6. You can’t stop loving others. Ever. – “Love your neighbor as yourself.” – Matthew 22:39 – It would be so much easier if Jesus never said this.  The most radical, the most challenging, the hardest-lived statement is in these five words.  Loving God is truly easy – He deserves honor and praise, He loved us first, and He has established things in past, present, and future for us that are greater than we can ever imagine.  I would even dare say I am loving God more than myself on my greatest days of faith (which is not nearly enough).  But loving my neighbor. C’mon.  What have they done to deserve my love?  My neighbor could bash my faith on social media.  My neighbor could be making such poor choices with their money.  My neighbor could be abusing their family.  My neighbor could be lying to me, stealing from me, and badmouthing me all over town. My neighbor could physically spit in my face, beat me to the point of death, and hang me on a cross.  And that’s when we realize, we are Christ’s neighbor.  He have power to change our lives forever by living out the love of God.  He was so purposeful in His love in God that He saved us all from eternal separation.  By doing this, He has given us the power to peculiarly love people we don’t know, but even more so, people we know well.  We have the same opportunity as Christ.  We can do everything possible to love our neighbor into conviction and submission that comes from seeing, hearing, and feeling the Gospel message coming from God through us.  Yes, this is the most peculiar of all, but as strange, odd and weird as it is, it’s the most beautiful, the most attractive, and the most fulfilling thing we could ever do on behalf of our Father in heaven who so much loves His peculiar people.

-Aaron Winner

Transformed

Ephesians 4 24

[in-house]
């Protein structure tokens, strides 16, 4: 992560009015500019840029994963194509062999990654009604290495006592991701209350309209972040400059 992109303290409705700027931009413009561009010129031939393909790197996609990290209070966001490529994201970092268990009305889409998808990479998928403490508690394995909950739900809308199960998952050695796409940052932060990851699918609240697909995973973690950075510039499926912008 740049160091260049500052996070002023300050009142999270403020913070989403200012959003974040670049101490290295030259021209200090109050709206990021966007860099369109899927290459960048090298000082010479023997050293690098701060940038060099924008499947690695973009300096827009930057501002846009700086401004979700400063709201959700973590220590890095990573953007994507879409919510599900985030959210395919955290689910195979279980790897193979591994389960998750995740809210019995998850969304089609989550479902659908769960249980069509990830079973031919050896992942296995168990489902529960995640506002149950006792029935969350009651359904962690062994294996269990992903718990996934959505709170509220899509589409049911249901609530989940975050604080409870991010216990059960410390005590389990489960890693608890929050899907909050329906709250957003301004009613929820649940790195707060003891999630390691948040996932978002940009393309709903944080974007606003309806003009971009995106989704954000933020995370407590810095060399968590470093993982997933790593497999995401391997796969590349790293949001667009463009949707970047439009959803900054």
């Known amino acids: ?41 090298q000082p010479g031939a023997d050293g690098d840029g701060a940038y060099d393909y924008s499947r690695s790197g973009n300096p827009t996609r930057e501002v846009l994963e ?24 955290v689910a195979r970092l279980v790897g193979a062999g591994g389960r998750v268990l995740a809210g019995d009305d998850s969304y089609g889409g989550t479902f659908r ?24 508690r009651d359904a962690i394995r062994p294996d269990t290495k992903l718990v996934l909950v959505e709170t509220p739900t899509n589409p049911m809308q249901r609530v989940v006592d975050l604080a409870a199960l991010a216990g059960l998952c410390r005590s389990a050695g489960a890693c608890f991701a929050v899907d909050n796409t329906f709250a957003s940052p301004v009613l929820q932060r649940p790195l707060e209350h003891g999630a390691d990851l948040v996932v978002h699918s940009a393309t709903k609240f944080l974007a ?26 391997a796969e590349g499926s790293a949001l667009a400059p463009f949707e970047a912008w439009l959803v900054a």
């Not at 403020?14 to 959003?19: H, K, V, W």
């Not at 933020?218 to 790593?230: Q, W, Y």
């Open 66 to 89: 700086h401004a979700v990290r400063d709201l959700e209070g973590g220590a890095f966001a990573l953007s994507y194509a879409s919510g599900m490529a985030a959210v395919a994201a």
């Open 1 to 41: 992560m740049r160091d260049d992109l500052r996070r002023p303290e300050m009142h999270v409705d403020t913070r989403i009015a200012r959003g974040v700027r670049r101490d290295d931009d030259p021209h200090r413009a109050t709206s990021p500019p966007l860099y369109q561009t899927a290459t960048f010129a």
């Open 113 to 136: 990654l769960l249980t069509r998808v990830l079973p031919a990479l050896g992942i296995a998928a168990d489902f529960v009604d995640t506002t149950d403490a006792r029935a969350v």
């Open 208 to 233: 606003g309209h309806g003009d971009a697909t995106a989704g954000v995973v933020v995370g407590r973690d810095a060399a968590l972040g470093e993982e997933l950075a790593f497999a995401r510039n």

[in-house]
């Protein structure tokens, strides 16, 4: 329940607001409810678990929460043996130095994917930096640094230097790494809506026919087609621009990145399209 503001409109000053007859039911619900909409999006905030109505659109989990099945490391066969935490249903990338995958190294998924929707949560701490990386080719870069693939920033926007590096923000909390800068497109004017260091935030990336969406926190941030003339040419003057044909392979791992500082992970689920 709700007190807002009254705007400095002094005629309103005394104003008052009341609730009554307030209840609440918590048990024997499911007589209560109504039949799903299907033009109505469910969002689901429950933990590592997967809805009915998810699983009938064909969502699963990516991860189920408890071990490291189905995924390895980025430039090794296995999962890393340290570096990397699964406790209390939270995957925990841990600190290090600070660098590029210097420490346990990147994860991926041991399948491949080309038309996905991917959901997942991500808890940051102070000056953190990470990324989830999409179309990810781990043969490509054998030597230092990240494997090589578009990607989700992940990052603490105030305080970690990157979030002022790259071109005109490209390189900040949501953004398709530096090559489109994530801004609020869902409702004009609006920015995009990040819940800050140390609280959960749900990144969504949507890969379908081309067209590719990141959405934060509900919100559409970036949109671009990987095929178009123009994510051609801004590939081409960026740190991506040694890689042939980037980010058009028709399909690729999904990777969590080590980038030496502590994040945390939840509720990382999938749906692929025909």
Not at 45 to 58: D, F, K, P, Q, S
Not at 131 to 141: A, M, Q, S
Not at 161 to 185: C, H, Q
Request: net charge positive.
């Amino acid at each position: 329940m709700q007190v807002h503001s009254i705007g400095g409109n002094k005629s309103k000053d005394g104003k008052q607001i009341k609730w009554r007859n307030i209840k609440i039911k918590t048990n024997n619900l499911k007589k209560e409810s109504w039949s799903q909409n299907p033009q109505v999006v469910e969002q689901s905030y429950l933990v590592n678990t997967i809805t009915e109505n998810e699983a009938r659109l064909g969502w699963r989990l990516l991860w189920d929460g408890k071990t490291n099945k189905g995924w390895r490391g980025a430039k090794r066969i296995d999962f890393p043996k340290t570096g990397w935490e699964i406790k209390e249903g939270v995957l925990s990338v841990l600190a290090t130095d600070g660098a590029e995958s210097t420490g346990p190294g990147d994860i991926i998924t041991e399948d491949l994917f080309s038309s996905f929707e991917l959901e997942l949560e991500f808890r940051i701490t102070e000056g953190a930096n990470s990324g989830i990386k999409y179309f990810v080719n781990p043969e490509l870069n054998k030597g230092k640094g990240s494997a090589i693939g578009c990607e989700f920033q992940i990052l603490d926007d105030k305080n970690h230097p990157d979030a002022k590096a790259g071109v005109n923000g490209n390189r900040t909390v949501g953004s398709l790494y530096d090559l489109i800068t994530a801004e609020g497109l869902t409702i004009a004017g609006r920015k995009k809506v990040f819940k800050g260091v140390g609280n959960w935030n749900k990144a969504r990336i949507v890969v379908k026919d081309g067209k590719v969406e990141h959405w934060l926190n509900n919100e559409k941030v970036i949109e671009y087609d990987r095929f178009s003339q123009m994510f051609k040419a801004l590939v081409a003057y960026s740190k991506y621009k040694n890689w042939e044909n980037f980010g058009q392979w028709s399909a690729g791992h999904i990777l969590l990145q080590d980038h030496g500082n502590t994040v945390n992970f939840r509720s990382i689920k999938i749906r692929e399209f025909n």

My guilty pleasure shows, the ones I watch on those rare occasions when I am home by myself and have nothing to do (or at least would like to put off what I am suppose to do), are restaurant makeover shows.  It doesn’t matter the title, the host, or the characters.  I am sucked into the identical plot over and over again. A failing entrepreneur invites a celebrity chef into their restaurant to help them become more successful.  Initially, they admit that minor changes are in order, but don’t see any major cause for concern.  The business owner’s management is flawless. The food is great.  The decor could be updated. Just a tweak here and there and efforts will move from futile to flourishing.  And then celebrity chef gives the reality check (in a varyingly dramatic way).  He/she tells them the decor is dismal, the food is frightful, and by far the most monstrous piece that brings each element together is the mismanagement.  Yet the owners who willingly invited the chef into their restaurant, who have seen this play out on different channels, seasons, and time slots, express shock.  They shake their heads and fingers.  “Not us!” they say. “We are different!” they say. “We only invited you here because we thought we only needed small changes!” they say.